Follow these trailer basics to live out your summer road trip dreams.

Road-Tripping with a Big Ol’ Trailer Is Easier Than You Think
Thomas J. Story
Home away from home: a retro-charming Airstream.

We’ve all seen photos on Instagram in which a tear-dropped trailer overlooks a grassy coastline or a shiny Airstream sits peacefully at the bottom of a tree-dotted hillside. Those images evoke a serious case of road trip envy, and the truth is, camping trailers enhance even the simplest road trip adventures. You can park at campsites near lakes and mountains, sleep comfortably in windy weather or on rocky terrain, and in the process, convert friends and family to that oh-so-photogenic glamping lifestyle.

So you’ve decided trailering is something you want to pursue, but it’s dawning on you that driving around with an extra vehicle attached to the back of your car is a bit intimidating. It’s not as difficult as you’d think! Below, we distill the most worrying parts of the process.

Get Equipped

You don’t have to own a truck: whatever car you own right now might be able to pull a trailer. Of course, you’ll need to check the manufacturer’s specifications for the towing capacity and install the proper class of hitch. Make sure the trailer ball of your hitch matches perfectly with the trailer coupler. We’ve heard of cars as small as Mini Coopers pulling the ultra-light Happier Camper HC1. If you plan to do a lot of regular trailering, consider investing in a car with trailer-specific features like a trailer light check button on the key fob and integrated trailer brake and sway control as found in the Nissan Titan PRO-4X full-size pickup. A truck like that can pull a good-sized Airstream with ease. Whichever trailer you’re interested in renting or buying, head to a local dealership for more information and a test drive.

Be Prepared

Always check your tire pressure, especially if the trailer has been sitting awhile. Grease your wheel bearings if you’ve been driving through water. Pack a spare tire, a tire pressure indicator, and a lug wrench in case you need to use the spare. Grab a padlock for your trailer coupler to prevent theft when you leave the trailer unhitched and unattended at a campsite.

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Hook It Up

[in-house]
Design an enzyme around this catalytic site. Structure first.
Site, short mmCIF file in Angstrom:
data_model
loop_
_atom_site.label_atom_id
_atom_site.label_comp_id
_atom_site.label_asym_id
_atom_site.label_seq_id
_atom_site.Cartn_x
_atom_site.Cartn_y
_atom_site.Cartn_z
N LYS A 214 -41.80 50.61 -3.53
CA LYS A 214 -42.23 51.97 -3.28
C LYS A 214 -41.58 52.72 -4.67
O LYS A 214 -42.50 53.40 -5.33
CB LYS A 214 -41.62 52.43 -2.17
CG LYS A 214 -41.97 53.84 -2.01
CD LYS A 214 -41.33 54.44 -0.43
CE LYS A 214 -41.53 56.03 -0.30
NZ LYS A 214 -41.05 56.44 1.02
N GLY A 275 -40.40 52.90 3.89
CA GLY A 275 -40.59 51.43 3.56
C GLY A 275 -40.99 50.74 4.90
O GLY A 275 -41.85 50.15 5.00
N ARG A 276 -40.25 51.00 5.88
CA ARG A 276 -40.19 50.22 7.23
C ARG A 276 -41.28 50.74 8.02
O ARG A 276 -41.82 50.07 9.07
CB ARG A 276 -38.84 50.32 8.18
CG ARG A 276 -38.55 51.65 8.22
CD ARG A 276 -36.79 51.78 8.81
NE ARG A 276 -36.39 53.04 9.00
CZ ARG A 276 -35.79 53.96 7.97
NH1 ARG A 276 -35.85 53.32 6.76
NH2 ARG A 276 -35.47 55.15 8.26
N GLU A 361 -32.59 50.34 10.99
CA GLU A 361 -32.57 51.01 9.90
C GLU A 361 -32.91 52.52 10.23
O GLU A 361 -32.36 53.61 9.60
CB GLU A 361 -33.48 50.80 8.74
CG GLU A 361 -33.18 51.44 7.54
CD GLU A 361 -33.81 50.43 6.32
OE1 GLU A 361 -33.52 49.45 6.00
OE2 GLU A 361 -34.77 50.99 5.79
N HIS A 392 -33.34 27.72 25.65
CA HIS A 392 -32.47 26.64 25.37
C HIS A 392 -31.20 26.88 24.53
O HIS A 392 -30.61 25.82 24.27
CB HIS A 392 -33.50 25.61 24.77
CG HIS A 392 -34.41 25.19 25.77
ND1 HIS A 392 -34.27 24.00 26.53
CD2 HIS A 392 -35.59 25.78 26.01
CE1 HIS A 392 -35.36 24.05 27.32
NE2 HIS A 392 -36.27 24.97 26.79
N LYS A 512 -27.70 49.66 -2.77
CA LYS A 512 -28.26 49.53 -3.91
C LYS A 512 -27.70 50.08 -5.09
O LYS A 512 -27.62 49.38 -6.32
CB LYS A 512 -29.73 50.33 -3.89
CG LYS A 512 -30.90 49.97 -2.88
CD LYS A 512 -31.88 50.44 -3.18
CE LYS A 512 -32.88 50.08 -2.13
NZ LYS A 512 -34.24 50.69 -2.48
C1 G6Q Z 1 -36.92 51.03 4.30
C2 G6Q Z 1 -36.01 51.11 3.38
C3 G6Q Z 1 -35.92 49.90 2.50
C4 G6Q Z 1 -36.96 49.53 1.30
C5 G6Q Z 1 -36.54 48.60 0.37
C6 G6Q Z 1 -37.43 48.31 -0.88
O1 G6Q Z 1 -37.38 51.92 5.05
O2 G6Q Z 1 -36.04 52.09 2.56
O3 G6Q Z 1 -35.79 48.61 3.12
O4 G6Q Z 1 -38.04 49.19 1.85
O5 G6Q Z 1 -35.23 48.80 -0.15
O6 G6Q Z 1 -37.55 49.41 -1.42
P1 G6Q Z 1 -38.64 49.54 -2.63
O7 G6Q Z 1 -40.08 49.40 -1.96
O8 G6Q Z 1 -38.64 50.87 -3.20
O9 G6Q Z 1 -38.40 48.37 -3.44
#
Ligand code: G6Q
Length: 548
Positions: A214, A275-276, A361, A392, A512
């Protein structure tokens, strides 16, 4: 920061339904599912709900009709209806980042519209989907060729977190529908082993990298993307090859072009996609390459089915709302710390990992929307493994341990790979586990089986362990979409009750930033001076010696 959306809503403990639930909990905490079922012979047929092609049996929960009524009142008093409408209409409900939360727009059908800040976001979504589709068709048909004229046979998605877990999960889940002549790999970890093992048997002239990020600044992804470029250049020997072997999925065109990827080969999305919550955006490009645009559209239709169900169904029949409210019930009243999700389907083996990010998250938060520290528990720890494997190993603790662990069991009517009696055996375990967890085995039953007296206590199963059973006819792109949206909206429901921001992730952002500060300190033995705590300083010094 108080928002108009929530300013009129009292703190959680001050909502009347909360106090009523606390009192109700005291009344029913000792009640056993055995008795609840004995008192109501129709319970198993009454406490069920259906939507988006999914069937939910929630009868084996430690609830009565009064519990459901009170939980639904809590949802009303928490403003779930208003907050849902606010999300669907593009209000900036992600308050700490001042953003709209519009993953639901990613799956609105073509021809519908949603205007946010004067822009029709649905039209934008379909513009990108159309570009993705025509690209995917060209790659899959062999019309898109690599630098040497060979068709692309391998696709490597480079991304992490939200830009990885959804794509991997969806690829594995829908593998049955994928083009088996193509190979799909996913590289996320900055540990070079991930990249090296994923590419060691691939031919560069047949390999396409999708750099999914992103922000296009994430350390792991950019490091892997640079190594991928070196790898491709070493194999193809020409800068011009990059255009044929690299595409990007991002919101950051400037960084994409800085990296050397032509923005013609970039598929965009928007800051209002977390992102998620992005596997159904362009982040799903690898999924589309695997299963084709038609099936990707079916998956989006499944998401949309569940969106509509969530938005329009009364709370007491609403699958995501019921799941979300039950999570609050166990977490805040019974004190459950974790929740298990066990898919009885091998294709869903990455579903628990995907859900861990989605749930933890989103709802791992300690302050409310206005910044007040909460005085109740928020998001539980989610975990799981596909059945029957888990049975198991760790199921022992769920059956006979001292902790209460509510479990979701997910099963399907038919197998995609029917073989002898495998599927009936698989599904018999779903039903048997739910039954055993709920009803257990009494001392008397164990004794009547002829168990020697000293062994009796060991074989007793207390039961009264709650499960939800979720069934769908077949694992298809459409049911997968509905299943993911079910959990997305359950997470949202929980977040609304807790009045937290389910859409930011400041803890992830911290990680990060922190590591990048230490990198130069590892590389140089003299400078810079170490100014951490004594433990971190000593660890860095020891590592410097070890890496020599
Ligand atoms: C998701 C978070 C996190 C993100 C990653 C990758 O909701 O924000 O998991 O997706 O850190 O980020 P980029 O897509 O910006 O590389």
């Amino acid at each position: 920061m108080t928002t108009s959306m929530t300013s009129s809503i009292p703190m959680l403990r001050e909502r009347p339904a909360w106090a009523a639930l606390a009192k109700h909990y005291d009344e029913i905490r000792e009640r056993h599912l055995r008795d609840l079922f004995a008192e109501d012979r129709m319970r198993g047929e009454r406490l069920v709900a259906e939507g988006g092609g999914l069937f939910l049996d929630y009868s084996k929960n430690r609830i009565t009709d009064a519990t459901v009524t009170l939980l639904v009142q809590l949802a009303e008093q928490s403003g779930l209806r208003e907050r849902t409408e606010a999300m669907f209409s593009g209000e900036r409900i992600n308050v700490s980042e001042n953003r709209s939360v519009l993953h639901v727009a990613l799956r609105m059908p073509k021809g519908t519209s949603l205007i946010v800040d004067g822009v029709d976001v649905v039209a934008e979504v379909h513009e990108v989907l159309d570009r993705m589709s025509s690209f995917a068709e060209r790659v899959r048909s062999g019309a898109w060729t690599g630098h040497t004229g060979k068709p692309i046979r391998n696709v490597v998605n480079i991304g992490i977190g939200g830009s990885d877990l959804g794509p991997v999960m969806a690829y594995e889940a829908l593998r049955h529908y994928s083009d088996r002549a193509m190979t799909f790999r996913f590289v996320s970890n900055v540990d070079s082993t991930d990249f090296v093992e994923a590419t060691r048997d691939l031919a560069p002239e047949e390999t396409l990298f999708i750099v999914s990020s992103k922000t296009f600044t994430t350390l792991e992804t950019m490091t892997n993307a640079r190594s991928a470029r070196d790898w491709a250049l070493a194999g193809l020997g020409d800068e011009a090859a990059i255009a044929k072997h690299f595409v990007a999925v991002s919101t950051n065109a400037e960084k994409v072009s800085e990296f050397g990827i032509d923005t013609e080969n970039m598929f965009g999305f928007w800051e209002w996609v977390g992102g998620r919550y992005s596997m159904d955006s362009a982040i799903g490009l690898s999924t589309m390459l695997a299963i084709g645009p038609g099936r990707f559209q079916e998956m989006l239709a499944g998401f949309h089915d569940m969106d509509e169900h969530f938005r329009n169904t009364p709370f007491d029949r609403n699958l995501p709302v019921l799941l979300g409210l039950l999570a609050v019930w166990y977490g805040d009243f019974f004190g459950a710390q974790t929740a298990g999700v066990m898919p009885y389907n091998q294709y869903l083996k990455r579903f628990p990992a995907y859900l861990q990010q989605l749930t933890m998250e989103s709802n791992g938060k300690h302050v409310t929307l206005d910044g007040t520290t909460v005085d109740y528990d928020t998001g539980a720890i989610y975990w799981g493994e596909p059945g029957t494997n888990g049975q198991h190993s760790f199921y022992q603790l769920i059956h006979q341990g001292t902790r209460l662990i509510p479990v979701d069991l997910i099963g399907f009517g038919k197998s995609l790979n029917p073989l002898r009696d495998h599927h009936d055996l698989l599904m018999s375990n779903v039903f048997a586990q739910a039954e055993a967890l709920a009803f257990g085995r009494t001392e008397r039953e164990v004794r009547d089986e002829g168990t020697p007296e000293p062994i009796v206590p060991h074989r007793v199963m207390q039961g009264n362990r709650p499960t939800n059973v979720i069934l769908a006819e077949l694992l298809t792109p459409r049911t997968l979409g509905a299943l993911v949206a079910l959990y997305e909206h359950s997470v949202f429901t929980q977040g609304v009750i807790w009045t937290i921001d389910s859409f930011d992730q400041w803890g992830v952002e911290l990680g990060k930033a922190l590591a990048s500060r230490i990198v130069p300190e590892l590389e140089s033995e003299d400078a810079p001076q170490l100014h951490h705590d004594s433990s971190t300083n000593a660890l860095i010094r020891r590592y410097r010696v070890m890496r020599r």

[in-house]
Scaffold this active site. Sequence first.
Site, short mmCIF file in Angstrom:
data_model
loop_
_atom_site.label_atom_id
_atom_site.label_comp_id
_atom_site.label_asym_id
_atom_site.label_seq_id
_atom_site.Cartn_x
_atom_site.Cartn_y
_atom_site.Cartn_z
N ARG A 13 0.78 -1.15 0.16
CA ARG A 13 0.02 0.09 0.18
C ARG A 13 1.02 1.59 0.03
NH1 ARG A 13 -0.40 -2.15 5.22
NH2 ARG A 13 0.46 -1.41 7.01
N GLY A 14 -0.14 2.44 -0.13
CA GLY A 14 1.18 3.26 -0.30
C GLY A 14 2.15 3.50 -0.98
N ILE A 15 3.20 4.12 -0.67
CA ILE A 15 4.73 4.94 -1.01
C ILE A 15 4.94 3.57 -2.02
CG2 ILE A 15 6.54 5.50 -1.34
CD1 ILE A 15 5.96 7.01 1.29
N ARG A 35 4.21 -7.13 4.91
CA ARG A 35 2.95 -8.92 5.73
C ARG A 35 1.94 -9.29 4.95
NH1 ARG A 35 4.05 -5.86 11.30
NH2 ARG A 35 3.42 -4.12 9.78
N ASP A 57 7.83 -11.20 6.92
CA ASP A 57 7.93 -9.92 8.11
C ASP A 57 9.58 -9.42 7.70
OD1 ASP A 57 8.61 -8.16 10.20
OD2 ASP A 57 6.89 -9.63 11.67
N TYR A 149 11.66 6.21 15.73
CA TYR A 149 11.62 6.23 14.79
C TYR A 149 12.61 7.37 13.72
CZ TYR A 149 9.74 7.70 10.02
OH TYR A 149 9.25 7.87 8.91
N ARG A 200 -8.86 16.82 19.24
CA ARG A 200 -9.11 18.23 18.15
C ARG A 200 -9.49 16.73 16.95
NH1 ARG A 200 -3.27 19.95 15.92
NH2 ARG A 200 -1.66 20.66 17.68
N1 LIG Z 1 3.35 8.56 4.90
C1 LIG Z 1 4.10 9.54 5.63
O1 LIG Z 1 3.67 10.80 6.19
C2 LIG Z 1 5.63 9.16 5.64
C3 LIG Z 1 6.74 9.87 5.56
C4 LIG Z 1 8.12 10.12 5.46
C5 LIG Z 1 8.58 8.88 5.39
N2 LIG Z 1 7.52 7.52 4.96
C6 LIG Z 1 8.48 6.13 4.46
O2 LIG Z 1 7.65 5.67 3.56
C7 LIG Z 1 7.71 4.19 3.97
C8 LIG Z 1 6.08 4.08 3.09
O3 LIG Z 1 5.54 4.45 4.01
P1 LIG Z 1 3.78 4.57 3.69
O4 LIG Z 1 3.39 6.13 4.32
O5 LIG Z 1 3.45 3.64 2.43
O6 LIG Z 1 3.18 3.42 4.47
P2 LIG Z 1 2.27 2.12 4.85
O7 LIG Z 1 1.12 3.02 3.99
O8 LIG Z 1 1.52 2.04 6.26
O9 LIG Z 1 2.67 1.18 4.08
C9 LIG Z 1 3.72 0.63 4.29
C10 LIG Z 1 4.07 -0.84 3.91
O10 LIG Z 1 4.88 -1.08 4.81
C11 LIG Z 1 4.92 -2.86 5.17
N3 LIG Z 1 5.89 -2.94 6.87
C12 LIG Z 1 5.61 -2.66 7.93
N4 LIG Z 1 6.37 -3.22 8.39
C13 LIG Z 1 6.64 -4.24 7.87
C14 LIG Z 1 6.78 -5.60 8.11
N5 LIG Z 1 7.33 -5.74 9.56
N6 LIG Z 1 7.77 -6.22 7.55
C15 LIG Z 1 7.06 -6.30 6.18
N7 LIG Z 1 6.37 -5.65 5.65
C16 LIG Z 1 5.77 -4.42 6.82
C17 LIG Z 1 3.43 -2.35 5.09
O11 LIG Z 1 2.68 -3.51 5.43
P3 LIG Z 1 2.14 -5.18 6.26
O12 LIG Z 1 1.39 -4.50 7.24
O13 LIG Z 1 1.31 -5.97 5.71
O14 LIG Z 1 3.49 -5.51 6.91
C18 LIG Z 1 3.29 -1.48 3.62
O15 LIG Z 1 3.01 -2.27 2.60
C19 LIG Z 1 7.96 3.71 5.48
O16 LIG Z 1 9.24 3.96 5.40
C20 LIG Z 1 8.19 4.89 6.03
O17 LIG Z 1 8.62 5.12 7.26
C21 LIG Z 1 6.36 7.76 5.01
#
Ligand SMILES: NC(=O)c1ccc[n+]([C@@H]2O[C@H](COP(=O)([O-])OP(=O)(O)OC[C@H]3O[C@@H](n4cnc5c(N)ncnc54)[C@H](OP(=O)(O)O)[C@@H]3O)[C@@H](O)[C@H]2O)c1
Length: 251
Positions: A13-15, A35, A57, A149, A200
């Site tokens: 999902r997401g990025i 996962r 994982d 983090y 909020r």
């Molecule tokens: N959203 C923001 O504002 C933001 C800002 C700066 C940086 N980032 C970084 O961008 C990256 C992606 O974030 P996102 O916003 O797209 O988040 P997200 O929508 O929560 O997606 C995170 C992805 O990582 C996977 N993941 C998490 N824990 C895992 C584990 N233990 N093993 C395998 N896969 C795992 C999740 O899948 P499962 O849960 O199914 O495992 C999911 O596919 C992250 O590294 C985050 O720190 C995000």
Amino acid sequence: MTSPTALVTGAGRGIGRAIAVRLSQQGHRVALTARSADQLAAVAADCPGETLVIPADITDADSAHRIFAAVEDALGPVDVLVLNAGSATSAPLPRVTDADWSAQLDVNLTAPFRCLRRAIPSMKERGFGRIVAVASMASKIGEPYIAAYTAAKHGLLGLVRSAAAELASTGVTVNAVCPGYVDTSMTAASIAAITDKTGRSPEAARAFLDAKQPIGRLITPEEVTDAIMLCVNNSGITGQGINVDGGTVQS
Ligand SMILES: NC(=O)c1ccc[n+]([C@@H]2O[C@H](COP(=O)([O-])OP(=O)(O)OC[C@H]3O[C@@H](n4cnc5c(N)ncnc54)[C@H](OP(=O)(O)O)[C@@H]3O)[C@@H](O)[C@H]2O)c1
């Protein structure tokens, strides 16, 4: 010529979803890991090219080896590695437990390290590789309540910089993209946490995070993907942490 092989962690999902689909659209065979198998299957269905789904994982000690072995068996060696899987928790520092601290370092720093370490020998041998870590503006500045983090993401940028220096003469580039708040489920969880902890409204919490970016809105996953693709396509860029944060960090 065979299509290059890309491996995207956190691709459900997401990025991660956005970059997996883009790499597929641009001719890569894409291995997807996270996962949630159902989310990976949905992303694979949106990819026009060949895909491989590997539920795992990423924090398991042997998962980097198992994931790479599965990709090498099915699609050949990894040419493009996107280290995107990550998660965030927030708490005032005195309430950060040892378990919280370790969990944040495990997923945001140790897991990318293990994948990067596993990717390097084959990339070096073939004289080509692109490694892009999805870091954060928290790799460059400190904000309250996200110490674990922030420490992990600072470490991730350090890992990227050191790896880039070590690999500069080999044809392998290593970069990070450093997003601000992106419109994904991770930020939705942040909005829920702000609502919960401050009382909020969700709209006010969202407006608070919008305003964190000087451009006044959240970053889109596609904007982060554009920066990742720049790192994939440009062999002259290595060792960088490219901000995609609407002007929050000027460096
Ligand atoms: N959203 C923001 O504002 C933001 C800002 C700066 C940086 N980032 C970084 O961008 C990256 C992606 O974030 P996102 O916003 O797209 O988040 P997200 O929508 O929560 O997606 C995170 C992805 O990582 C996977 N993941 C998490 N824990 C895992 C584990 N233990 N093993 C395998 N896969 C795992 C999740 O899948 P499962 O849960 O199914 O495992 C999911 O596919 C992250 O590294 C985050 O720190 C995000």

Back up your car and get in a centered position to line the ball on the vehicle’s hitch with the trailer coupler. Crank down the trailer until you feel your vehicle take weight (in some trailers the crank is manual, and in others it’s electronic). Latch the trailer coupler so that it clicks in. Hook up and cross your safety cables (required by law in most states). Hook in your emergency breakaway control, if your trailer has it, and make sure it won’t drag on the ground. (The breakaway control will activate the trailer’s brakes if your vehicle separates from the trailer, so this is an important step to take.) Plug in your electrical connector–you’ll want the automotive lights on the trailer working! Lastly, crank up the jack and now your car and trailer are the new power couple.

Once your trailer is connected, make sure to check your lights and especially your tongue weight for safety purposes. You want the trailer tongue and the car’s hitch to lie flat with each other. The cause of most trailering accidents is when this alignment creates a “V” (too much weight) or upside down “V” (too little). The car won’t drive right in the case of misalignment; it will sway one way or the other. To easily check, measure from the ground to the top of the fender well on both a front and rear tire. Is the measurement different? Crank up or down the coupler to adjust the weight balance. The same? You’re good to start driving.

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Hit the Road

Driving Straight On: Maneuverability is a cinch when driving with a trailer. On the open road, drive as you would a regular car. Your trailer will follow within the road lines as you drive curved roads and make slight adjustments. The key is to keep looking ahead.

Turning: You’ll need to drive a little farther before initiating a turn to compensate for the additional feet attached to your car. When starting out, make use of those side mirrors! Look to see if you’re clearing the corners. Avoid “jackknifing” by never making too tight of a turn – the car and trailer should never hit each other. It’ll take a little while getting used to the longer distance you’re towing, but once you’re acquainted, you’re golden.

Backing Up: Parking is arguably the hardest part of driving with a trailer. It’s counterintuitive because when you turn, the trailer will move the opposite way your car does. It’s harder to stay on a straight course with shorter trailers because the pivot length is smaller. Make it easier for yourself by getting a car with extendable mirrors or a backup camera installed behind the trailer. Otherwise, get a friend to hop out of the car and help direct you into the space.

The author attended a trip to Yosemite to learn about trailering, sponsored by Nissan.